Florida courts have recognized various exceptions in which releases signed by a parent on behalf of a minor child have been held enforceable. Typically, such exceptions are found with regards to non-commercial entities which require releases prior to participation, including not-for-profits, community-based organizations and schools. Florida courts have consistently held that a waiver executed by a parent on behalf of a minor child is supported by public policy when it relates to obtaining medical care, insurance, or participation in a school-related activity.10
In Gonzalez v. City of Coral Gables,11 a minor child was injured while participating in a school program that trained students as fire rescue personnel. As a condition to participation, the parents of the participants were required to sign releases. The mother of the injured child brought suit against the defendant as a result of the injuries suffered by her daughter, and the defendant successfully moved for summary judgment based upon the signed release. The Third District Court of Appeal concluded that the training program “fell within the category of commonplace child-oriented community or school-supported activities for which a parent or guardian may waive his or her child’s litigation rights in authorizing the child’s participation.”12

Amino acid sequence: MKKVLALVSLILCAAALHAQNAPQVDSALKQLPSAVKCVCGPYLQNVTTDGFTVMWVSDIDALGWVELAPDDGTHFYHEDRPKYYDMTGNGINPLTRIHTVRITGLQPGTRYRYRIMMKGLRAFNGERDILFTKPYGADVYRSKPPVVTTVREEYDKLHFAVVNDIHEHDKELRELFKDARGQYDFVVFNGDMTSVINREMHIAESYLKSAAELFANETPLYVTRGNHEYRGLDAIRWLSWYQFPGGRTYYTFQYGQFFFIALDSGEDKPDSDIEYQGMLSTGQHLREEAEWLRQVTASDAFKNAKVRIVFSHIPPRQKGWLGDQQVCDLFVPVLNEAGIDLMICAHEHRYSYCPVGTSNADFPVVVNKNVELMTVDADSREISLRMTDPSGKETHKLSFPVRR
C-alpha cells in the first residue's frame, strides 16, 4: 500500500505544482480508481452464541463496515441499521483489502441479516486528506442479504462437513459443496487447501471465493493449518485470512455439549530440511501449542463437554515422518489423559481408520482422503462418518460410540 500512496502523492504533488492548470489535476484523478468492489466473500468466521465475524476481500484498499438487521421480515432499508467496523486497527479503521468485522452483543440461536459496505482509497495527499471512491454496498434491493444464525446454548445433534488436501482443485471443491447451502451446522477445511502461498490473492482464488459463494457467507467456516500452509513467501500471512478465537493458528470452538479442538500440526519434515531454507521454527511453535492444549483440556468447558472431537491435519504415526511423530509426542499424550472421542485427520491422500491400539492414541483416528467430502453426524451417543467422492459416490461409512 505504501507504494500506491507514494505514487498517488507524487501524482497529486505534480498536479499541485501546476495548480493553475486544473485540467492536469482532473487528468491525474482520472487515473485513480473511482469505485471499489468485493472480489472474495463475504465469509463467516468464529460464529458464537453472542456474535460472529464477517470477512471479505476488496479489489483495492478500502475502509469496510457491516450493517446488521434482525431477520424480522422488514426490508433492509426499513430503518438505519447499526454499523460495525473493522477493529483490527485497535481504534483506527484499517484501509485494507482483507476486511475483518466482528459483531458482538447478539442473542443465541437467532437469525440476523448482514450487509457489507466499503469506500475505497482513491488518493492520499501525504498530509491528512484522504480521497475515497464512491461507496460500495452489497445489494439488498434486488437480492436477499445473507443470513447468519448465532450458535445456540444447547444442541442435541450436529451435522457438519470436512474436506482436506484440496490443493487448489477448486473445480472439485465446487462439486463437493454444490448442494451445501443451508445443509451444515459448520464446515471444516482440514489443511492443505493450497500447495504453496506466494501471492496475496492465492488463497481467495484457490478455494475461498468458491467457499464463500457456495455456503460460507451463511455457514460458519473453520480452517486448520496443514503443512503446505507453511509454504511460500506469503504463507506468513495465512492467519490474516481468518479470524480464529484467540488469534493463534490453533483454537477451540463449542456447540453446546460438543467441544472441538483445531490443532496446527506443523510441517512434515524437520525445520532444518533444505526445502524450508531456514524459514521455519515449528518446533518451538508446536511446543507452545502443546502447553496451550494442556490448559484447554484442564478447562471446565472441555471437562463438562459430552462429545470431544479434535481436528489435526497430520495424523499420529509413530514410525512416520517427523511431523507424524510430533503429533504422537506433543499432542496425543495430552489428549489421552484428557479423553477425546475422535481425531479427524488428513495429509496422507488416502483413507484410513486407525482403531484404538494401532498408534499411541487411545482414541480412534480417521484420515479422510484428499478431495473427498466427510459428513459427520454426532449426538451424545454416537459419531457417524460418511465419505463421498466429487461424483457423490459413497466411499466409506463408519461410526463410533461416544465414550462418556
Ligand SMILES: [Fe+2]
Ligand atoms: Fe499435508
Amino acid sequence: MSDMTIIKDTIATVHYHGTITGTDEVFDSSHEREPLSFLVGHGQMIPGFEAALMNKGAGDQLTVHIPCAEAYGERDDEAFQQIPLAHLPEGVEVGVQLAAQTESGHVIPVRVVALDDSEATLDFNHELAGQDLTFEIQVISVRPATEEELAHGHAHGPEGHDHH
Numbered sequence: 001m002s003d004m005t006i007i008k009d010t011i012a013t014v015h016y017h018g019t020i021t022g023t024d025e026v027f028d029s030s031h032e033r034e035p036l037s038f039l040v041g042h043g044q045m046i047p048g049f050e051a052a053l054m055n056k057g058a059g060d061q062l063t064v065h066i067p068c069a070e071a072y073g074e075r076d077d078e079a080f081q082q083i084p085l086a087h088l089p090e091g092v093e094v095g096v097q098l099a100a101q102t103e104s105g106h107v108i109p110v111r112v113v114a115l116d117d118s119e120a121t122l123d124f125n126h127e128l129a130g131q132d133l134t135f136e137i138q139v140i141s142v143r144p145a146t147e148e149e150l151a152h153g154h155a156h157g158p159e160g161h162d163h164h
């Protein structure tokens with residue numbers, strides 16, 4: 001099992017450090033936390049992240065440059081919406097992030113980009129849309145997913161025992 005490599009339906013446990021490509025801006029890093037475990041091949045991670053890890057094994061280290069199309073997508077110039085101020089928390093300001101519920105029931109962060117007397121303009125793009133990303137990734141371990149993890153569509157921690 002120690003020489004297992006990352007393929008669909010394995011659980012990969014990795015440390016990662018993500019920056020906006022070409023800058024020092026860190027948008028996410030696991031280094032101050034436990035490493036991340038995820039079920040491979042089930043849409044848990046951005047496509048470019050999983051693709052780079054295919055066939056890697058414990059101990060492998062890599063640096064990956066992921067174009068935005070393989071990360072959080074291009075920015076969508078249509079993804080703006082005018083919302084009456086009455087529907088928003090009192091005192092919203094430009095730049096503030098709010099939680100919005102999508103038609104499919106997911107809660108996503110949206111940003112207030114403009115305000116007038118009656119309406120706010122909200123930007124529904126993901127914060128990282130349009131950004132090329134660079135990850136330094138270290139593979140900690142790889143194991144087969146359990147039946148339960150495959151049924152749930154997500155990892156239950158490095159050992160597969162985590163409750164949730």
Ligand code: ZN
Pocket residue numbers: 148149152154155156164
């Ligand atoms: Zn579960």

The public policy arguments in favor of this general exception revolve around the need to allow these releases to make it easier for community-based entities to recruit employees and volunteers and limit the financial burden of expensive lawsuits and overbearing insurance premiums. If the courts did not uphold these exculpatory clauses, then the community would lose very important programs for the enrichment of the community as a whole.
Moreover, in Krathen v. School Board of Monroe County,13 the court upheld a pre-injury release, signed by the mother of the minor child prior to her daughter’s participation in a cheerleading program at her high school. The court found the release to be clear and unambiguous with regards to its intent to release the School Board from liability for “any injury or claim resulting from… athletic participation.”14 The court addressed whether a parent can bind their child to a waiver of liability. In addressing this issue, the court found its prior decision in Gonzalez v. City of Coral Gables to be controlling. The court addressed the issue of commercial and not-for-profit activities, specifically citing the Supreme Court’s rejection of a distinction between same.15 Further, the court found that “it is within a parent’s authority to make this decision on behalf of his or her child.”16
Based upon a recent Florida Supreme Court decision involving a parent’s ability to sign away a child’s right to a jury trial, a new line of cases have arisen which also allow a parent to decide what is best for their own child by signing a pre-injury exculpatory clause.17